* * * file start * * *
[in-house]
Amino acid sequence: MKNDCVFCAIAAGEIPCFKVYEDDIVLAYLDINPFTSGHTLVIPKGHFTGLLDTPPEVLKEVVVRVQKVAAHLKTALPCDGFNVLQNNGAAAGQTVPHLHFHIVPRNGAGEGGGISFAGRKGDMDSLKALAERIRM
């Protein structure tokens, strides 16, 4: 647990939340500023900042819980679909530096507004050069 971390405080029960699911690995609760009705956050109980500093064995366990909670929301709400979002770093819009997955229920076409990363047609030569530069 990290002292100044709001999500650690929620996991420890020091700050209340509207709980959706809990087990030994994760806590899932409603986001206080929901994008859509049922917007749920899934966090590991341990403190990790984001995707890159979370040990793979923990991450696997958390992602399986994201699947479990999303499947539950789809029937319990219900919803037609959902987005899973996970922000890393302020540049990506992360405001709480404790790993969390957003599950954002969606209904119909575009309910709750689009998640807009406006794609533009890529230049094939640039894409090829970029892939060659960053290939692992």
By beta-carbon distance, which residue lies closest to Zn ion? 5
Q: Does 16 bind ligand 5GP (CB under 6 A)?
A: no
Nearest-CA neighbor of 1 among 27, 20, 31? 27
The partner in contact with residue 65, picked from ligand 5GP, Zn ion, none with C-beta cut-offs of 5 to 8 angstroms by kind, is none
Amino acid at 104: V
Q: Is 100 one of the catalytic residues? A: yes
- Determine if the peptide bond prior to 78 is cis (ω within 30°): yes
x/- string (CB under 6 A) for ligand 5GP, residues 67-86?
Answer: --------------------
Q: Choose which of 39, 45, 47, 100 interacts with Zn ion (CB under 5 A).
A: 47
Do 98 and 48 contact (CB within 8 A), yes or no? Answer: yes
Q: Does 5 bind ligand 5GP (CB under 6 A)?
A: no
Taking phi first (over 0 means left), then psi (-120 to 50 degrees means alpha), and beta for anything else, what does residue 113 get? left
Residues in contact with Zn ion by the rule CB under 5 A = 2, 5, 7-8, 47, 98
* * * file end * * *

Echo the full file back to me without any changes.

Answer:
[in-house]
Amino acid sequence: MKNDCVFCAIAAGEIPCFKVYEDDIVLAYLDINPFTSGHTLVIPKGHFTGLLDTPPEVLKEVVVRVQKVAAHLKTALPCDGFNVLQNNGAAAGQTVPHLHFHIVPRNGAGEGGGISFAGRKGDMDSLKALAERIRM
């Protein structure tokens, strides 16, 4: 647990939340500023900042819980679909530096507004050069 971390405080029960699911690995609760009705956050109980500093064995366990909670929301709400979002770093819009997955229920076409990363047609030569530069 990290002292100044709001999500650690929620996991420890020091700050209340509207709980959706809990087990030994994760806590899932409603986001206080929901994008859509049922917007749920899934966090590991341990403190990790984001995707890159979370040990793979923990991450696997958390992602399986994201699947479990999303499947539950789809029937319990219900919803037609959902987005899973996970922000890393302020540049990506992360405001709480404790790993969390957003599950954002969606209904119909575009309910709750689009998640807009406006794609533009890529230049094939640039894409090829970029892939060659960053290939692992």
By beta-carbon distance, which residue lies closest to Zn ion? 5
Q: Does 16 bind ligand 5GP (CB under 6 A)?
A: no
Nearest-CA neighbor of 1 among 27, 20, 31? 27
The partner in contact with residue 65, picked from ligand 5GP, Zn ion, none with C-beta cut-offs of 5 to 8 angstroms by kind, is none
Amino acid at 104: V
Q: Is 100 one of the catalytic residues? A: yes
- Determine if the peptide bond prior to 78 is cis (ω within 30°): yes
x/- string (CB under 6 A) for ligand 5GP, residues 67-86?
Answer: --------------------
Q: Choose which of 39, 45, 47, 100 interacts with Zn ion (CB under 5 A).
A: 47
Do 98 and 48 contact (CB within 8 A), yes or no? Answer: yes
Q: Does 5 bind ligand 5GP (CB under 6 A)?
A: no
Taking phi first (over 0 means left), then psi (-120 to 50 degrees means alpha), and beta for anything else, what does residue 113 get? left
Residues in contact with Zn ion by the rule CB under 5 A = 2, 5, 7-8, 47, 98